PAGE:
The new rules clearly prevent broadband companies from collecting observed data. But many of those criticizing the rules ignore the fact that they also open up the opportunity for companies to use declared data and inferred data, which could be a step in the right direction in defining a proper common ground for business to properly use data for commercial and economic interest, while not compromising a user’s privacy.
The decision has faced much criticism, including from two of the five FCC members. Commissioner Michael O’Reilly believes that the FCC has no legal authority to oversee broadband privacy, and the new order places substantial, unjustified costs on businesses and consumers. Commissioner Ajit Pai is also concerned about the FCC usurping the Federal Trade Commission’s jurisdiction, and, says that the new rules neither acknowledge nor tackle the reality that those edge providers such as Google, Facebook, Apple, Twitter and Skype are arguably much worse in this area than broadband providers.
Disputes about jurisdiction and criticisms about the unfairness towards ISPs, at least compared to web and social media companies, are legitimate concerns. They may also reflect the fact that existing regulatory frameworks, including how regulators are organized, lag behind the technology and market. And the fact that the first step is not able to solve all the problems does not necessarily mean it is not a good one. This decision won’t satisfy everyone, but it is going in the right direction. And for the first time, it allows the public to “have the ability to decide whether and how much of their information can be gathered”, as stated by privacy groups such as the Centre for Digital Democracy.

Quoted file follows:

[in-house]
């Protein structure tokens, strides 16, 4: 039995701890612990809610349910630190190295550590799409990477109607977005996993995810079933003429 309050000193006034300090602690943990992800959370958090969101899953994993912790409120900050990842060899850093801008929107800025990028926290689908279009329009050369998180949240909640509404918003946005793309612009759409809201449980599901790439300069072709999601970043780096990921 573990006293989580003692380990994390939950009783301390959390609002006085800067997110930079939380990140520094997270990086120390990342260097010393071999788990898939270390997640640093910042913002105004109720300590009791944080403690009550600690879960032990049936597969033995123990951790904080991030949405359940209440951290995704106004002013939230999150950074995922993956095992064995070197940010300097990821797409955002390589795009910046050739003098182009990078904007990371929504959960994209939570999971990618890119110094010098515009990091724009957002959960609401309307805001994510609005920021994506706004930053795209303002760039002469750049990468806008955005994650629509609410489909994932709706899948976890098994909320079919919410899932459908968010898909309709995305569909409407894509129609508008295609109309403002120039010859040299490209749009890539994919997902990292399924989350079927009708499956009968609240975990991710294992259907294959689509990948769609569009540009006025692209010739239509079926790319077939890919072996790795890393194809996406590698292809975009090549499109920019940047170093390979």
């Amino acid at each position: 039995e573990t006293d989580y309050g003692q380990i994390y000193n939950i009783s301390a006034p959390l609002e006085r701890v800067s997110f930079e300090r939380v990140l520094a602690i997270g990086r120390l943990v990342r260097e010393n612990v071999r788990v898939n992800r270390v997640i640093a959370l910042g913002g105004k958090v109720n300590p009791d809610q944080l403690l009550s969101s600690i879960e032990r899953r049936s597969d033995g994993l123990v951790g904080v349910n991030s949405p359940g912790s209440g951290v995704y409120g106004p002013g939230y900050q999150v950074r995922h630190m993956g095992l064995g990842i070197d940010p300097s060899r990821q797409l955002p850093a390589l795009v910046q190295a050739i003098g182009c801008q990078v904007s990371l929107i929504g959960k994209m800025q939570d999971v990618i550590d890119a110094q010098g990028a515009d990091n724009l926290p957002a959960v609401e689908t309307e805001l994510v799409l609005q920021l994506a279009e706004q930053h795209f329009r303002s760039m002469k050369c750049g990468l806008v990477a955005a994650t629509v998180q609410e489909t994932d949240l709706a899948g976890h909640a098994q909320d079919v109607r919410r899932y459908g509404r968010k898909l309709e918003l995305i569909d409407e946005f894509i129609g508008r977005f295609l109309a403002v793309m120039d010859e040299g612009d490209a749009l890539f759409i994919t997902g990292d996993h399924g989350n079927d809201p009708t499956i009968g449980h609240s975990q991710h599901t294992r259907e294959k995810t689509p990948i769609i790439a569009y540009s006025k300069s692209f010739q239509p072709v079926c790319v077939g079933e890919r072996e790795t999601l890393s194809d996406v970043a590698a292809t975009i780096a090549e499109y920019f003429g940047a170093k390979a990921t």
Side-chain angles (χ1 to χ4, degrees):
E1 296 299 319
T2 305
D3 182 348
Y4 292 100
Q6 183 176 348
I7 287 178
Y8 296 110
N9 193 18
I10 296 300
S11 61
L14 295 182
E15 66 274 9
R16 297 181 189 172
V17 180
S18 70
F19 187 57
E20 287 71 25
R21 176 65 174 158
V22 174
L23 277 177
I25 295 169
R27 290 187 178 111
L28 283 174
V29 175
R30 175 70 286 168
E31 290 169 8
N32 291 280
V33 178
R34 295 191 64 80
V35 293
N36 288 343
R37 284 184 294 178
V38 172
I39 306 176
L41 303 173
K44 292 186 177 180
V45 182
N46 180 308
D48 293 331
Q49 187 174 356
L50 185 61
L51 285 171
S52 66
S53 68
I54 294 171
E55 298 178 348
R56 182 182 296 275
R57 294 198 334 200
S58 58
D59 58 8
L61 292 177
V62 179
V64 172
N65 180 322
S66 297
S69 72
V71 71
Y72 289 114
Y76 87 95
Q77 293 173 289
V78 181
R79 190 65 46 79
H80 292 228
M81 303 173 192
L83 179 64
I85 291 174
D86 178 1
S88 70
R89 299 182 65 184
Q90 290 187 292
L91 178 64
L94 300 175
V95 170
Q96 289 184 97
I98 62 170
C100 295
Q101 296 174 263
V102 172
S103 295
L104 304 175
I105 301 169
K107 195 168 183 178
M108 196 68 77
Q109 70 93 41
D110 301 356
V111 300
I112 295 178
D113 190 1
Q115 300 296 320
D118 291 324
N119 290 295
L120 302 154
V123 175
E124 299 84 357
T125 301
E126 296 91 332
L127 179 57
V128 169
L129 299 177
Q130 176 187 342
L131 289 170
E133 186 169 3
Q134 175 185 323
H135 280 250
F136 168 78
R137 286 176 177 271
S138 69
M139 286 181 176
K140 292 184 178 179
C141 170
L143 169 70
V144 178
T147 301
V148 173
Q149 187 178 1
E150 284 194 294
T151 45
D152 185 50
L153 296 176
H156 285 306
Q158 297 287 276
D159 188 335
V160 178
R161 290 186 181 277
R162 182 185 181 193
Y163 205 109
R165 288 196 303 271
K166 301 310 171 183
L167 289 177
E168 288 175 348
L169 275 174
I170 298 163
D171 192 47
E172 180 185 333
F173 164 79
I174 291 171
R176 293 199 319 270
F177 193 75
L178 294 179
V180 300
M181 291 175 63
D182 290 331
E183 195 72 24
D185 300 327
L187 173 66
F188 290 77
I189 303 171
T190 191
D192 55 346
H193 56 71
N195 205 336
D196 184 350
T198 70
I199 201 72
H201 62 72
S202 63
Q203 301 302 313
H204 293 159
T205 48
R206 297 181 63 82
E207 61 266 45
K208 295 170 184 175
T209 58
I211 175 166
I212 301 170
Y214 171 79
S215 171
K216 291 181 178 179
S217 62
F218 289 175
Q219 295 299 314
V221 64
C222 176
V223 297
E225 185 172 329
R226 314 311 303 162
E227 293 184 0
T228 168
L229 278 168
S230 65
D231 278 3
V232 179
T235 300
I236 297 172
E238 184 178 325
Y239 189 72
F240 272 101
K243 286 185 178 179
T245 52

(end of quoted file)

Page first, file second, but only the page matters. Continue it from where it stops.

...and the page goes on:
Last week’s decision can be also seen as a new means for corporations, international organizations and individuals to rethink online privacy.
For web companies as well as every data-driven conventional business, the days of freely monitoring and using observed data (or undeclared data) will soon be gone. They need to be prepared and make privacy a core part of their business strategy. Multinational corporations should also pay special caution to cross-jurisdiction data transfer, addressing different privacy standards between the host country and the home country, including both legal requirements and industry’s code of conduct.
Some companies have already stayed ahead of the curve. For example, after the FCC announced the new rules, Verizon said their longstanding privacy practices are consistent with these new standards and they have already sought permission from their broadband customers for certain data, like browsing and location history.
For international policymakers, online privacy has emerged as a hot topic, for instance at the World Trade Organization and the UN Conference on Trade and Development, because the risks of breaching consumers’ privacy are viewed as a key barrier to the development of e-commerce and other data-based economic activities. These new regulations may give a fresh breathe into global policy discussions by contributing a new taxonomy of data, step-wise approach, and more inclusive process with consumer participation.
But as far as these new regulations go, it is still not enough. Regulators also need to help consumers regain ownership of their data. Thus, it is also essential to step up public education on how to protect one’s privacy – for example, by using encrypted technology as much as possible, refraining from over-sharing private data online, carefully reading any privacy statement before signing or clicking “agree”, and consulting privacy experts when it is necessary.
The FCC’s new rules are not the finishing line in the marathon that is online data protection. But they are definitely one of the first-aid stations that provide badly needed liquid and energy to sustain the long journey towards an effective, balanced and value-based data governance system.
By World Economic Forum , Nov. 4, 2016